Bron: So we’re going to bring our interview to a close shortly Clim. Can you tell me, so we’ve looked at probably only two-thirds, we’ve looked at your giving and your learning. Let’s just take a few minutes now to look at the earning side of what you do with Business Transformation Solutions. Who is your ideal client? Who are the people that you love working with, that you feel you’d best fit with?

Clim: Well I realize that the ideal clients now are the education sphere because one of the most exciting parts of my careers has been in the field of education in management and leadership education. So I do work with Deakin University on their Grad Cert in Management program and part of that is the assessment of a program that I actually created when I was head of management and leadership at Chisholm TAFE. So sometimes what you do in your earlier years actually comes back not to haunt you as much as glorify you. I do a lot of work with them and it’s so exciting because that’s the whole gamut of management and leadership including marketing, human resources, change management, innovation, strat planning. So that’s my ideal client but the other aspect of clients that I now work with are those tiny very, small social and community organizations that are looking after the needy but do not have an opportunity of using consultants because they feel they’re very expensive.

Bron: Yes.

Clim: Whilst early days I worked with some of the very large organizations because I thought that’s the people I knew I morphed in the second year looking into social and community organizations that were needy and which were around the region so that I didn’t have to travel so much. And that’s become a parallel activity, so I look at people, one person shows or two people shows that are looking for consultants but cannot afford them and do all of their strategic planning, risk management frameworks, setting them up and also I’ve done team and culture workshops with people so it’s really helping those who are in need who believe they cannot afford to have a consultant in a region of their need.

Bron: Yeah. Look, that’s great Clim because they’re in the 21st century. There is the rise of the entrepreneur, the one person business, the senior-preneur, the solo-preneur, the mum-preneur. So many people are setting up their own businesses in a variety of fields and certainly in those starting out days, probably the first two to five years it’s tough going when you’re starting from scratch and to be able to access someone like yourself who has such a wealth of experience and can – obviously you don’t do it for free, it is your business – but you are able to assist at a financial level that other people can slot into their budget without feeling as though they are spending far beyond what their means can afford.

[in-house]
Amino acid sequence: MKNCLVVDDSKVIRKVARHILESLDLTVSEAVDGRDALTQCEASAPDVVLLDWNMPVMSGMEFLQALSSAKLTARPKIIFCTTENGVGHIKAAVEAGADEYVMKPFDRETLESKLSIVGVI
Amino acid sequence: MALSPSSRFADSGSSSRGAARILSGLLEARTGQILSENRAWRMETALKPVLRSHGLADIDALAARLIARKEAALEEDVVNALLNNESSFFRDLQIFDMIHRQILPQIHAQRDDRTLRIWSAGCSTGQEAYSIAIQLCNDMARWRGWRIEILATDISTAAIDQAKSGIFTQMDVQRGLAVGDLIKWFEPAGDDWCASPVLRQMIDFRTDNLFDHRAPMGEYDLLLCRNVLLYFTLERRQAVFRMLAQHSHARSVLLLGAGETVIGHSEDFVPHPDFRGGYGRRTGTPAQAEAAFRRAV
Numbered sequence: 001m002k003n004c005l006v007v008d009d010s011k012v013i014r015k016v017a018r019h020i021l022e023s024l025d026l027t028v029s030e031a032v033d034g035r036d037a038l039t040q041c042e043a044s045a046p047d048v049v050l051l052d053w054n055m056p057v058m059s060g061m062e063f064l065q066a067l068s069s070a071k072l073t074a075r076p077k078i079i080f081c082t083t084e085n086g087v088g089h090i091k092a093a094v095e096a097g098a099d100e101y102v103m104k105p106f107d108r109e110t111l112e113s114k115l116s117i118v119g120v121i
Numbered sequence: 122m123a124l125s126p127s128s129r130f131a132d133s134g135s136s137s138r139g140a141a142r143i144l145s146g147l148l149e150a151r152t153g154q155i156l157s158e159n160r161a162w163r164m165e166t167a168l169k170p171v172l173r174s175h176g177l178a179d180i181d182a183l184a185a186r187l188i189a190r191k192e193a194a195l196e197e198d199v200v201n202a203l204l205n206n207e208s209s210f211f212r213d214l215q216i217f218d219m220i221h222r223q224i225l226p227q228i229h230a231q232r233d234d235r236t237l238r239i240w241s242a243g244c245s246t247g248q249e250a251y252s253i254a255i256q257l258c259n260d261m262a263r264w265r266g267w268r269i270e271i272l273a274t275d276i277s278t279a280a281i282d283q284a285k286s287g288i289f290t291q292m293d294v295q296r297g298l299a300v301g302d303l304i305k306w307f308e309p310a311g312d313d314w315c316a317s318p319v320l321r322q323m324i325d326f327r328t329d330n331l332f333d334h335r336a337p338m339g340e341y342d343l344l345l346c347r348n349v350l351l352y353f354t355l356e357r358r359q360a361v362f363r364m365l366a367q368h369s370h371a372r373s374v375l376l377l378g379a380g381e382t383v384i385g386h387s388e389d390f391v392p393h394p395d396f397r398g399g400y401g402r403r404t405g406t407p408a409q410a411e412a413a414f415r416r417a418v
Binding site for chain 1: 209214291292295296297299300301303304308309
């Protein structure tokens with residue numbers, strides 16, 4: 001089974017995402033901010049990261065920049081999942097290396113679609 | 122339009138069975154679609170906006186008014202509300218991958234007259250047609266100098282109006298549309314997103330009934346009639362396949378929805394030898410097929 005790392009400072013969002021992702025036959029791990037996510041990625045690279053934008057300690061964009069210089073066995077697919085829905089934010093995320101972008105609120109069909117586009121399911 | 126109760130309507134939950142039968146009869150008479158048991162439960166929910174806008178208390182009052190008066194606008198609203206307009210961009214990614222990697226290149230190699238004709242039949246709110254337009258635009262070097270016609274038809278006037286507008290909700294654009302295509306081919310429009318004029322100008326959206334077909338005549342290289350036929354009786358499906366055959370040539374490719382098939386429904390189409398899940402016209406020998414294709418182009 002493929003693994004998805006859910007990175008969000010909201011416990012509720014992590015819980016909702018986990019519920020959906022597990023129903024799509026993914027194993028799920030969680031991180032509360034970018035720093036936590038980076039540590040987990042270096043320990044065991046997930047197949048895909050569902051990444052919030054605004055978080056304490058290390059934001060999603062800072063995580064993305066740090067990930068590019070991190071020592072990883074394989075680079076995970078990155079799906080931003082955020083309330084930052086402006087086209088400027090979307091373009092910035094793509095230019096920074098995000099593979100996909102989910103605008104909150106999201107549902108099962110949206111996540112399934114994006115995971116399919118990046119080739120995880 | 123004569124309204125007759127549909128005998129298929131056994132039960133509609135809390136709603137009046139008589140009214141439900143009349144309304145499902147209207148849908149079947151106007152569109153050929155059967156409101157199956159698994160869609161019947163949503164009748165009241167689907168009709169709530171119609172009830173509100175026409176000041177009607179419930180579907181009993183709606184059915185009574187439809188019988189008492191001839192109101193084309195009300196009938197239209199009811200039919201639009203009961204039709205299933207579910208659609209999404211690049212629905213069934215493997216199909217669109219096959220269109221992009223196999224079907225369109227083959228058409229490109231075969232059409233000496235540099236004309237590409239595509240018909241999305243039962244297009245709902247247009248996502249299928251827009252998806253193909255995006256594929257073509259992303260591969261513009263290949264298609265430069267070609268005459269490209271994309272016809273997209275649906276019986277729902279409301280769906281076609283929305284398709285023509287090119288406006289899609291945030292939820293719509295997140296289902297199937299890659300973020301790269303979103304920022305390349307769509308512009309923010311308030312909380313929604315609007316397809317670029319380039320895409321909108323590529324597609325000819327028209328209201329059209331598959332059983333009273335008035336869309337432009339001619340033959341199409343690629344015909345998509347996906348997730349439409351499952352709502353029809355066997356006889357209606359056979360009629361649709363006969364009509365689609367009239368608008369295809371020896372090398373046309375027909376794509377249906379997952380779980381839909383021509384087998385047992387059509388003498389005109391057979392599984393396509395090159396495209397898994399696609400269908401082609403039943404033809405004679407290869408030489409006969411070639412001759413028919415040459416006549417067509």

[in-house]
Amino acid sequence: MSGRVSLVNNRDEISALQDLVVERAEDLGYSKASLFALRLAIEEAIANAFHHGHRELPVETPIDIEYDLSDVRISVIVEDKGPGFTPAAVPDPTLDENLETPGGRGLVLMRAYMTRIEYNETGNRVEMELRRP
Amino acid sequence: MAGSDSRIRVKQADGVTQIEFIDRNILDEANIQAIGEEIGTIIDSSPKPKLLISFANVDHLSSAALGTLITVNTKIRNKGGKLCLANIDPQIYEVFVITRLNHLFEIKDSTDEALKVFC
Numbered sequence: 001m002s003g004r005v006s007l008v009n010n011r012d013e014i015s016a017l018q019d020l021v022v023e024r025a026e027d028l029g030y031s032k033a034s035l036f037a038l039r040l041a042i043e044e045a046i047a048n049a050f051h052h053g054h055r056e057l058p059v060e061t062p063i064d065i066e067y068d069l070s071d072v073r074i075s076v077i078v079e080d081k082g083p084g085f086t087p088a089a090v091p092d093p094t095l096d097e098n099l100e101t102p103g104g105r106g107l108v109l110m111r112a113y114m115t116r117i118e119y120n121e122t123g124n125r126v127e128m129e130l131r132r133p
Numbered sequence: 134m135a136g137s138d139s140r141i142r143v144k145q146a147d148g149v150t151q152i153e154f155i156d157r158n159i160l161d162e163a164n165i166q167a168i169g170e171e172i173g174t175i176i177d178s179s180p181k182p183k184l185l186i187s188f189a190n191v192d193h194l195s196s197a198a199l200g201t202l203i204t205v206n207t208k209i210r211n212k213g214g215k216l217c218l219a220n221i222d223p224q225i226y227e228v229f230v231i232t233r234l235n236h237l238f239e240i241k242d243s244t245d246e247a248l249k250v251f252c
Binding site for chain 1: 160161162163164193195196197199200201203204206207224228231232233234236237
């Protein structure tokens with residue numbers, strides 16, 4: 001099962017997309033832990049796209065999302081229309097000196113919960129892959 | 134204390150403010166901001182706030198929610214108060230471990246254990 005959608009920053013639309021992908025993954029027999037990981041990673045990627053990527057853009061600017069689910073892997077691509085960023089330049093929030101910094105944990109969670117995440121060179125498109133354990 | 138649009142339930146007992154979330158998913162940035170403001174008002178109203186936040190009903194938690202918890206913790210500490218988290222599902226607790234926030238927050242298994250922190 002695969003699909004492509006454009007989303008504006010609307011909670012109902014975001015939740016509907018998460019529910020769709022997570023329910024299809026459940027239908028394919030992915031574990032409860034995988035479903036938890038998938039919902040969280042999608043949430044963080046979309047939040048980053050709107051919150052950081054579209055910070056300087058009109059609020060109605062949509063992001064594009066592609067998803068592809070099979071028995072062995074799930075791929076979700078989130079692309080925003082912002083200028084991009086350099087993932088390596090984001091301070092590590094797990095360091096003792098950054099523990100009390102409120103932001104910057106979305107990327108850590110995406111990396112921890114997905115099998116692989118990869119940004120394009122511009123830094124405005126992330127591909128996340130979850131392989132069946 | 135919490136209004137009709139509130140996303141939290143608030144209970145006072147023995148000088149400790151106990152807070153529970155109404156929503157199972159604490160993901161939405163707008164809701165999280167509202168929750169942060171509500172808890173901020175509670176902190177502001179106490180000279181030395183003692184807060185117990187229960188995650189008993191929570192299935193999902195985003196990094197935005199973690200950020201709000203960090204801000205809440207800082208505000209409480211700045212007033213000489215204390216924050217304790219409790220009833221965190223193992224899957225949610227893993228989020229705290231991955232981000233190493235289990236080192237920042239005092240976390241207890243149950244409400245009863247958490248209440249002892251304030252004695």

Clim: Absolutely.

Bron: Because we just don’t know, do we? We know the story of them of Steve Jobs and the guy who started Facebook, sorry I’ve forgotten his name – Mark Zuckerberg – they were entrepreneurs, they were solopreneurs, they started in their garage, in their back bedroom. We don’t know who is going to be the next person who will come up with a business that grows to be huge like that. So to have someone like yourself speaking into, feeding into those sorts of people, you just actually don’t know who you’re talking to, do you?

Clim: So true. In fact them when you mentioned those names, you remember the conversation I said when I told my wife Arlene that I would be going into social and community work and when I talked about volunteering my time, her exact words were “But you are not Bill Gates.” In other words I did not have the backing of so much money yeah then I said conceptually one does not have to be Bill Gates to be able to be a social and community idea-preneur. I said my role will be to set up ideas is to help people create better lives for themselves and ideas actually is now the new engine for currency.

Bron: Yeah, the new currency.

Clim: And so in many ways you’re absolutely correct Bronwyn that we really have to plan our life in one way and I was quite fortunate in my life because very early in my life at the age of nine, my dad actually, I was in Africa at the time, and he asked me at nine when we went to the source of the River Nile in East Africa and it was a hundred years to the day John Hanning Speke discovered the source of the river mouth and my dad just tapped me on the shoulder and said “Dream your life.” And I thought that was a crazy thing to ask a nine-year-old but I went with it and the first thing I said is “One day I’d be a hydro engineer.” Only because a very close friend of mine, our friend was the chief engineer in a hydropower station. So that was the first dream, the second dream I said “One day I’ll go to the other end of the Nile.” Lo and behold the first job I took in India was in Tata Electric Hydroelectric corporation and years later I went to the other end of the Nile in Cairo and I thought if by the age of 29 I could fulfil two of my dreams, why didn’t I dream my whole life and so I set it up into a 30-45-60. By 30 I’d stop being an engineer and go into management and leadership, by 45 I will change my career to give to people it happened to be education and by 60 I’ll free fall and do whatever it takes my fancy. So my life now is doing what takes my fancy but I believe it’s been the most fulfilling stage of my life and career.

Bron: Yeah, I love that idea of free fall. Well Clim it has been, as it always is when I speak with you, such a wonderful privilege and an engaging conversation. So if people want to get in touch with you, with Business Transformation Solutions, what’s the best way for them to do that?

Clim: Well certainly the best way is you can look up my website it’s www.businesstransformationsolutions.com or you can also look up my public speaking website which is climpacheco1.com and in that you’ll get my email address and I will let you know right now it’s [email protected]. Get in touch with me, get my phone number too and it would be a pleasure even just having a conversation about what I do and how you can change your life by just planning for the future.

Bron: Thank you. It’s been so wonderful to speak with you, so this has been Bron Williams for Business Radio Talkers speaking with Clim Pacheco from Business Transformation Solutions.

Clim: Thank you very much Bronwyn and thanks  for the opportunity.

Leave a Reply